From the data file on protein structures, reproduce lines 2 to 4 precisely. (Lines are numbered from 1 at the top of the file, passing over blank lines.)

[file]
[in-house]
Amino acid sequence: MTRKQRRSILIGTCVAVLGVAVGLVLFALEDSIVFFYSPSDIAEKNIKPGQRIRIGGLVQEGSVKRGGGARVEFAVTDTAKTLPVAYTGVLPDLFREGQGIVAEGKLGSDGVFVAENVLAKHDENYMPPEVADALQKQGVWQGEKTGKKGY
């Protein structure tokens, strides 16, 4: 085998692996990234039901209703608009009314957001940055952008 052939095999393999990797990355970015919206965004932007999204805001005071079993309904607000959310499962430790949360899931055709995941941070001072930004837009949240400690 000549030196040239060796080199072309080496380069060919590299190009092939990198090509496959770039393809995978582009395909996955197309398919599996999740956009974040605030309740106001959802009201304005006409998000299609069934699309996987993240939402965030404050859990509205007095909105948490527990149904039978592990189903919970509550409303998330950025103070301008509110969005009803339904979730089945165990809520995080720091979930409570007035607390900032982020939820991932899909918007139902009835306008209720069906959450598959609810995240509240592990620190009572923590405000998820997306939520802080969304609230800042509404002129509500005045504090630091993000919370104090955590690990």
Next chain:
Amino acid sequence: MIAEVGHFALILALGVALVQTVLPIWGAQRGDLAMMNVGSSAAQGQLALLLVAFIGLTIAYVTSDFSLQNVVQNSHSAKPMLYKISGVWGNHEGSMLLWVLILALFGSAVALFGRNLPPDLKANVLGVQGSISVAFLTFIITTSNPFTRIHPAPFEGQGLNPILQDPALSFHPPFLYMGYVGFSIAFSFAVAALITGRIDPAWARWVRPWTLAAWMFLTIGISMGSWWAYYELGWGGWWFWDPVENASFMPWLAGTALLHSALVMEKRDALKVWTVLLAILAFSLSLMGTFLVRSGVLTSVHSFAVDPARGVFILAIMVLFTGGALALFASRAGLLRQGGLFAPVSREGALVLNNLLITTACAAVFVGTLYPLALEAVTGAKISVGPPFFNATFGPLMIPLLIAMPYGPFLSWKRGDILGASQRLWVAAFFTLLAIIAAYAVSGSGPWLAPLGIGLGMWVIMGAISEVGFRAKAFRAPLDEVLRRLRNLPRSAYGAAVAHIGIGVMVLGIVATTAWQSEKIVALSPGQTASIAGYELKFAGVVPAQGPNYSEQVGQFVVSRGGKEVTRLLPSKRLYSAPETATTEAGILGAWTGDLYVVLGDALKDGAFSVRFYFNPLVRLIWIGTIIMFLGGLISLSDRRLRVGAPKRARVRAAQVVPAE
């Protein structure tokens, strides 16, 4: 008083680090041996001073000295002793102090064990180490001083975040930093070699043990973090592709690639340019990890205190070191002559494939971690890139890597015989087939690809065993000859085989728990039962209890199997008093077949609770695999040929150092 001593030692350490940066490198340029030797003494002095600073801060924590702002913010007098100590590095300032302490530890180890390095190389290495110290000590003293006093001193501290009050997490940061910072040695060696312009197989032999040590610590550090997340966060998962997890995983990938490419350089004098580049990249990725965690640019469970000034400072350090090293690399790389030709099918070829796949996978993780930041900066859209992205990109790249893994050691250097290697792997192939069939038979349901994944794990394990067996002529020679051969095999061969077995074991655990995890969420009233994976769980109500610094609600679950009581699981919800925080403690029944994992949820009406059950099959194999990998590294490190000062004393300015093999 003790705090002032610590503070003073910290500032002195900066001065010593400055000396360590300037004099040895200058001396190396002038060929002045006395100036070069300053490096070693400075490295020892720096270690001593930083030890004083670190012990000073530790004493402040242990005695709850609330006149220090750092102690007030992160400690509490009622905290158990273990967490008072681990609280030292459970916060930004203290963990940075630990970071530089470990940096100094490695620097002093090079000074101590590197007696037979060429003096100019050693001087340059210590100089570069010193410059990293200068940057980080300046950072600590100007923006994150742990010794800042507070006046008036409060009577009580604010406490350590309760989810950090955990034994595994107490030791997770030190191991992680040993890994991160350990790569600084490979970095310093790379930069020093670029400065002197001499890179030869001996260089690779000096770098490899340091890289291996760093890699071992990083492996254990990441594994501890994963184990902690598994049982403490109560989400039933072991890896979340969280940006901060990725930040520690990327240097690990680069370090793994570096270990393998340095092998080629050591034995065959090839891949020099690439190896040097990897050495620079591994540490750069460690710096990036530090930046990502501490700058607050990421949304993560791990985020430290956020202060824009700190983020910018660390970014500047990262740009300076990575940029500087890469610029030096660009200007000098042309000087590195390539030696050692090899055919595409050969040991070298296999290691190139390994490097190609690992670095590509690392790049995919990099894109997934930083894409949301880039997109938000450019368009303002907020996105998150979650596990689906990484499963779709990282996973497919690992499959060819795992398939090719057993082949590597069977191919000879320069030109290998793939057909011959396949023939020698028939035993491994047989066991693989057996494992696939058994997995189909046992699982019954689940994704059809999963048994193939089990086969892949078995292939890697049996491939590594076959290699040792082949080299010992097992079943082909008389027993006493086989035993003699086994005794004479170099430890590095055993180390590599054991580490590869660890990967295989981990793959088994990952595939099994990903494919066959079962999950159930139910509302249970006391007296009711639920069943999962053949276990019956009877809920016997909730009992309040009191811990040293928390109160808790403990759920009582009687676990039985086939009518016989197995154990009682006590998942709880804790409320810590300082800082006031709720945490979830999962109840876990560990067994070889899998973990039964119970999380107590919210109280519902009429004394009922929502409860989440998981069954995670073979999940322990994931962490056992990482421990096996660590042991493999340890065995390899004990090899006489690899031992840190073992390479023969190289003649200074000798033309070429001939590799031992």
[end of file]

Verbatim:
Amino acid sequence: MTRKQRRSILIGTCVAVLGVAVGLVLFALEDSIVFFYSPSDIAEKNIKPGQRIRIGGLVQEGSVKRGGGARVEFAVTDTAKTLPVAYTGVLPDLFREGQGIVAEGKLGSDGVFVAENVLAKHDENYMPPEVADALQKQGVWQGEKTGKKGY
């Protein structure tokens, strides 16, 4: 085998692996990234039901209703608009009314957001940055952008 052939095999393999990797990355970015919206965004932007999204805001005071079993309904607000959310499962430790949360899931055709995941941070001072930004837009949240400690 000549030196040239060796080199072309080496380069060919590299190009092939990198090509496959770039393809995978582009395909996955197309398919599996999740956009974040605030309740106001959802009201304005006409998000299609069934699309996987993240939402965030404050859990509205007095909105948490527990149904039978592990189903919970509550409303998330950025103070301008509110969005009803339904979730089945165990809520995080720091979930409570007035607390900032982020939820991932899909918007139902009835306008209720069906959450598959609810995240509240592990620190009572923590405000998820997306939520802080969304609230800042509404002129509500005045504090630091993000919370104090955590690990």
Next chain: